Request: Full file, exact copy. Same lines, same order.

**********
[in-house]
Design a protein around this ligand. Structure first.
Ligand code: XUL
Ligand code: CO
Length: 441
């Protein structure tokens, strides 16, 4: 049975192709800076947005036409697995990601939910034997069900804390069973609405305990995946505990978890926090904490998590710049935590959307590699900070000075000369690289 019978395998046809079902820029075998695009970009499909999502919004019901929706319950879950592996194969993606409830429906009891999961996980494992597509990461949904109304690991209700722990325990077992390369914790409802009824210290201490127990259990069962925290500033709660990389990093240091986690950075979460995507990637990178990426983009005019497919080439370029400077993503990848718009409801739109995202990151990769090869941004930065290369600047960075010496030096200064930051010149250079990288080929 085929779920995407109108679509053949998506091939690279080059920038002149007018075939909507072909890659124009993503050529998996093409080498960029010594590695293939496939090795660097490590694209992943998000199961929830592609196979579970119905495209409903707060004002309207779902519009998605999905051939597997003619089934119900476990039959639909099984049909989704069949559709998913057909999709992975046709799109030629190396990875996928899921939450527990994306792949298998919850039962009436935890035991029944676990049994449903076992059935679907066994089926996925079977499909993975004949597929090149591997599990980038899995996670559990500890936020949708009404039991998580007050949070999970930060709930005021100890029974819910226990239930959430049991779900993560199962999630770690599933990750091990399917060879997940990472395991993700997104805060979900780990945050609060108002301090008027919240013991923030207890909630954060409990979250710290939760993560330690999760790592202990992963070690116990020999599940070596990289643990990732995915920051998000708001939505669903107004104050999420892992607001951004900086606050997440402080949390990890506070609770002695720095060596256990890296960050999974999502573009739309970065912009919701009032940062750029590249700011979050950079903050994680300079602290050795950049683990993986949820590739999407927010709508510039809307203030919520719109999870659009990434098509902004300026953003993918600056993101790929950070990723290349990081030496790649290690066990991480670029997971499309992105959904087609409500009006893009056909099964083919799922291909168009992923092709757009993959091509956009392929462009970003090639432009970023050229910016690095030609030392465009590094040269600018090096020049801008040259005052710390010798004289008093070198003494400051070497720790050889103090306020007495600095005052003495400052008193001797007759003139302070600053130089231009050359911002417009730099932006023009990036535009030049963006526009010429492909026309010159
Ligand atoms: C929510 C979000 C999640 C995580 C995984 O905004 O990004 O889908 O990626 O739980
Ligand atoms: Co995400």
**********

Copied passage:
[in-house]
Design a protein around this ligand. Structure first.
Ligand code: XUL
Ligand code: CO
Length: 441
């Protein structure tokens, strides 16, 4: 049975192709800076947005036409697995990601939910034997069900804390069973609405305990995946505990978890926090904490998590710049935590959307590699900070000075000369690289 019978395998046809079902820029075998695009970009499909999502919004019901929706319950879950592996194969993606409830429906009891999961996980494992597509990461949904109304690991209700722990325990077992390369914790409802009824210290201490127990259990069962925290500033709660990389990093240091986690950075979460995507990637990178990426983009005019497919080439370029400077993503990848718009409801739109995202990151990769090869941004930065290369600047960075010496030096200064930051010149250079990288080929 085929779920995407109108679509053949998506091939690279080059920038002149007018075939909507072909890659124009993503050529998996093409080498960029010594590695293939496939090795660097490590694209992943998000199961929830592609196979579970119905495209409903707060004002309207779902519009998605999905051939597997003619089934119900476990039959639909099984049909989704069949559709998913057909999709992975046709799109030629190396990875996928899921939450527990994306792949298998919850039962009436935890035991029944676990049994449903076992059935679907066994089926996925079977499909993975004949597929090149591997599990980038899995996670559990500890936020949708009404039991998580007050949070999970930060709930005021100890029974819910226990239930959430049991779900993560199962999630770690599933990750091990399917060879997940990472395991993700997104805060979900780990945050609060108002301090008027919240013991923030207890909630954060409990979250710290939760993560330690999760790592202990992963070690116990020999599940070596990289643990990732995915920051998000708001939505669903107004104050999420892992607001951004900086606050997440402080949390990890506070609770002695720095060596256990890296960050999974999502573009739309970065912009919701009032940062750029590249700011979050950079903050994680300079602290050795950049683990993986949820590739999407927010709508510039809307203030919520719109999870659009990434098509902004300026953003993918600056993101790929950070990723290349990081030496790649290690066990991480670029997971499309992105959904087609409500009006893009056909099964083919799922291909168009992923092709757009993959091509956009392929462009970003090639432009970023050229910016690095030609030392465009590094040269600018090096020049801008040259005052710390010798004289008093070198003494400051070497720790050889103090306020007495600095005052003495400052008193001797007759003139302070600053130089231009050359911002417009730099932006023009990036535009030049963006526009010429492909026309010159
Ligand atoms: C929510 C979000 C999640 C995580 C995984 O905004 O990004 O889908 O990626 O739980
Ligand atoms: Co995400």